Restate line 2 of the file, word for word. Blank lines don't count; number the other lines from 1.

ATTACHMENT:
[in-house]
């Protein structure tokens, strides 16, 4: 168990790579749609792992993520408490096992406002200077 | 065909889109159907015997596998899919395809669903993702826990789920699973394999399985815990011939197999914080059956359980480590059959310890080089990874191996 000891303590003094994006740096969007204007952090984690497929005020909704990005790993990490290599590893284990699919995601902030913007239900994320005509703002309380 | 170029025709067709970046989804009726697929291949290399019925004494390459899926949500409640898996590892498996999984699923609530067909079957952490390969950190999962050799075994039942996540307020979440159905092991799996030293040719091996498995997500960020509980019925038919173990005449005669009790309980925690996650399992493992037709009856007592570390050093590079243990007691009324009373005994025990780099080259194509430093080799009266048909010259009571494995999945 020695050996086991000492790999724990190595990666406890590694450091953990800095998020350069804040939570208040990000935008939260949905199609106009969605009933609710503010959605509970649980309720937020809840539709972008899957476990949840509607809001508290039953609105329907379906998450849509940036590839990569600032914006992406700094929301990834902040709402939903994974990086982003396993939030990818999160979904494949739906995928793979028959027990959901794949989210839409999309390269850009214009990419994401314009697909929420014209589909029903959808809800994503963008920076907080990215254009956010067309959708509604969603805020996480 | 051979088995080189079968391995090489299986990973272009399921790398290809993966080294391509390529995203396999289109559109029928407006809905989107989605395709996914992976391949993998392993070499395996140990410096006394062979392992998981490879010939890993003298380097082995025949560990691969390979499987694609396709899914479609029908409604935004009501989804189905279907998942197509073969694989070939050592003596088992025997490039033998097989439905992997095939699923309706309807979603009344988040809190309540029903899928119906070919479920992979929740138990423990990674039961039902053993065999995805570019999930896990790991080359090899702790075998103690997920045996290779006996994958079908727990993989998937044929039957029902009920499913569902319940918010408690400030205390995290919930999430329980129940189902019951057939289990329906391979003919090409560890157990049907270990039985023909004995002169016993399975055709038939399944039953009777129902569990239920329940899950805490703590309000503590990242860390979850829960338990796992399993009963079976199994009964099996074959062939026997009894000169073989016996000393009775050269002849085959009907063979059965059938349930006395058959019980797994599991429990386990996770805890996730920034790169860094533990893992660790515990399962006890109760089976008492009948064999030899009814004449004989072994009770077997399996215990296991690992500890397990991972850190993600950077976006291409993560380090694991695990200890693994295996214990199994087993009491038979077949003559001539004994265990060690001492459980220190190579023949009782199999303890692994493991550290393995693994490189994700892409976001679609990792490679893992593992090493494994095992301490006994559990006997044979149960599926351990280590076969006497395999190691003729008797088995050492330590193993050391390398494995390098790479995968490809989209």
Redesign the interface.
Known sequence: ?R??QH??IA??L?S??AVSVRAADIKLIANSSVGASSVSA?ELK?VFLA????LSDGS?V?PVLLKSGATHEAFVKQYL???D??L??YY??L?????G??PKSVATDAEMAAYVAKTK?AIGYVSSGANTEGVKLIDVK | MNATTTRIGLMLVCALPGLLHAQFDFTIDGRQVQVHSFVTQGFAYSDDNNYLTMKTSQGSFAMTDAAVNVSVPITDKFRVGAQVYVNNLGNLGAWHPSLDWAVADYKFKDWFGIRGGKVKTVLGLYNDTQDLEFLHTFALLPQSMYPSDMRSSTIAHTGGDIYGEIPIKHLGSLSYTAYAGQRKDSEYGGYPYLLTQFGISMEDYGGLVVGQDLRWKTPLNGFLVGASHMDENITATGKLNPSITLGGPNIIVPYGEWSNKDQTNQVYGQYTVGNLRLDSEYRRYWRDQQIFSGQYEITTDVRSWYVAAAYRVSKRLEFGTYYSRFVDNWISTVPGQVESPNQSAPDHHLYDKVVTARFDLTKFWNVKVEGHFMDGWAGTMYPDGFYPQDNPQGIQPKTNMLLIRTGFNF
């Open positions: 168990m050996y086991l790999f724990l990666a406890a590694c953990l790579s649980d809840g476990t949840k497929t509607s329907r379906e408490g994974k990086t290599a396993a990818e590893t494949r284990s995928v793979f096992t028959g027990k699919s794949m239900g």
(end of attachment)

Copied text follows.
């Protein structure tokens, strides 16, 4: 168990790579749609792992993520408490096992406002200077 | 065909889109159907015997596998899919395809669903993702826990789920699973394999399985815990011939197999914080059956359980480590059959310890080089990874191996 000891303590003094994006740096969007204007952090984690497929005020909704990005790993990490290599590893284990699919995601902030913007239900994320005509703002309380 | 170029025709067709970046989804009726697929291949290399019925004494390459899926949500409640898996590892498996999984699923609530067909079957952490390969950190999962050799075994039942996540307020979440159905092991799996030293040719091996498995997500960020509980019925038919173990005449005669009790309980925690996650399992493992037709009856007592570390050093590079243990007691009324009373005994025990780099080259194509430093080799009266048909010259009571494995999945 020695050996086991000492790999724990190595990666406890590694450091953990800095998020350069804040939570208040990000935008939260949905199609106009969605009933609710503010959605509970649980309720937020809840539709972008899957476990949840509607809001508290039953609105329907379906998450849509940036590839990569600032914006992406700094929301990834902040709402939903994974990086982003396993939030990818999160979904494949739906995928793979028959027990959901794949989210839409999309390269850009214009990419994401314009697909929420014209589909029903959808809800994503963008920076907080990215254009956010067309959708509604969603805020996480 | 051979088995080189079968391995090489299986990973272009399921790398290809993966080294391509390529995203396999289109559109029928407006809905989107989605395709996914992976391949993998392993070499395996140990410096006394062979392992998981490879010939890993003298380097082995025949560990691969390979499987694609396709899914479609029908409604935004009501989804189905279907998942197509073969694989070939050592003596088992025997490039033998097989439905992997095939699923309706309807979603009344988040809190309540029903899928119906070919479920992979929740138990423990990674039961039902053993065999995805570019999930896990790991080359090899702790075998103690997920045996290779006996994958079908727990993989998937044929039957029902009920499913569902319940918010408690400030205390995290919930999430329980129940189902019951057939289990329906391979003919090409560890157990049907270990039985023909004995002169016993399975055709038939399944039953009777129902569990239920329940899950805490703590309000503590990242860390979850829960338990796992399993009963079976199994009964099996074959062939026997009894000169073989016996000393009775050269002849085959009907063979059965059938349930006395058959019980797994599991429990386990996770805890996730920034790169860094533990893992660790515990399962006890109760089976008492009948064999030899009814004449004989072994009770077997399996215990296991690992500890397990991972850190993600950077976006291409993560380090694991695990200890693994295996214990199994087993009491038979077949003559001539004994265990060690001492459980220190190579023949009782199999303890692994493991550290393995693994490189994700892409976001679609990792490679893992593992090493494994095992301490006994559990006997044979149960599926351990280590076969006497395999190691003729008797088995050492330590193993050391390398494995390098790479995968490809989209």